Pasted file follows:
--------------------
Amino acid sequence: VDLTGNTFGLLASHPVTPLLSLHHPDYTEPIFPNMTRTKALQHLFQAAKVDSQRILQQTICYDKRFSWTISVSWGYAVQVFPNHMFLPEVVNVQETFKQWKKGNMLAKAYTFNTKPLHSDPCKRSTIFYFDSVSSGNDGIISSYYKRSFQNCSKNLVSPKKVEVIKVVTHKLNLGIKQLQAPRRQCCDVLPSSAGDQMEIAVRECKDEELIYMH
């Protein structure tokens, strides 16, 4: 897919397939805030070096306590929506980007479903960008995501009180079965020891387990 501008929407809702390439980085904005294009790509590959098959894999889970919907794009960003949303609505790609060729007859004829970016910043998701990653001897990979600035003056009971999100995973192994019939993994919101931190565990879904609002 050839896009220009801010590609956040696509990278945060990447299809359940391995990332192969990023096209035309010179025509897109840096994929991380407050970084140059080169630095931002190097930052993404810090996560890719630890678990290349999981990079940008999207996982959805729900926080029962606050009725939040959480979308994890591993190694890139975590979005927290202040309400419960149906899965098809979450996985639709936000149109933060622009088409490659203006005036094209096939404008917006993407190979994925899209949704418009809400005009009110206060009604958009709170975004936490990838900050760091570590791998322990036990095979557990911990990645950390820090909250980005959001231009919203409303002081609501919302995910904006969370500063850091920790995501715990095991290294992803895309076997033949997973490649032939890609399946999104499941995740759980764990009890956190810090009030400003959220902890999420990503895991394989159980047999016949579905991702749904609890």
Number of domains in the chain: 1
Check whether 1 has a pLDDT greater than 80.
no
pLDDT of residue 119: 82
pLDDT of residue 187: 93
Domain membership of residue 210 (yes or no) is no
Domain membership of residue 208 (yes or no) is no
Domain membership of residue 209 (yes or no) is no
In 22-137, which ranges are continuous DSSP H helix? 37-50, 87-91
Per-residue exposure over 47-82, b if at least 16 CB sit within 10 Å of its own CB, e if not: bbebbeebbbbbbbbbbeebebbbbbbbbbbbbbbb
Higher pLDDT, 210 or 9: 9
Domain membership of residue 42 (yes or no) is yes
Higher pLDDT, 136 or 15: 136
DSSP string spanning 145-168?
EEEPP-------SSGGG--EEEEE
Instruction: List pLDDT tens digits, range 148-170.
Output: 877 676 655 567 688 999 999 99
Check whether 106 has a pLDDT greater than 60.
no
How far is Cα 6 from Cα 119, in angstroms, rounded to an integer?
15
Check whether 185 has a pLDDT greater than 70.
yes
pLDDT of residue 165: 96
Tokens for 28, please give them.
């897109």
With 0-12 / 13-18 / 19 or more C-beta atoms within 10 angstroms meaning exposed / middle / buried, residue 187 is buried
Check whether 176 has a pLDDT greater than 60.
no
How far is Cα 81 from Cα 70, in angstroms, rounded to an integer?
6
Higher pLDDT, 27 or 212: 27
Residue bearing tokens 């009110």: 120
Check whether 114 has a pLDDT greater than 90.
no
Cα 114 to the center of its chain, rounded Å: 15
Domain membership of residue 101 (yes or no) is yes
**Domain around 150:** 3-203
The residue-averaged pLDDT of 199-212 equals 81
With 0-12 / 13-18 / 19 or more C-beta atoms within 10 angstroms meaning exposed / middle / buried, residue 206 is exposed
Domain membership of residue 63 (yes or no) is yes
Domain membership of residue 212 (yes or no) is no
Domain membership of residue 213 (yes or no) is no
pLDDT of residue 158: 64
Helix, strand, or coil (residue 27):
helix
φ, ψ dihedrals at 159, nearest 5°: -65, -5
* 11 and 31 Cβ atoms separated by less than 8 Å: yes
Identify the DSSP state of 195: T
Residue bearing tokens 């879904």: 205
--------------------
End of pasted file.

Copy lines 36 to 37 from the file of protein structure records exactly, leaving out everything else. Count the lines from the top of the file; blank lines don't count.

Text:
Check whether 114 has a pLDDT greater than 90.
no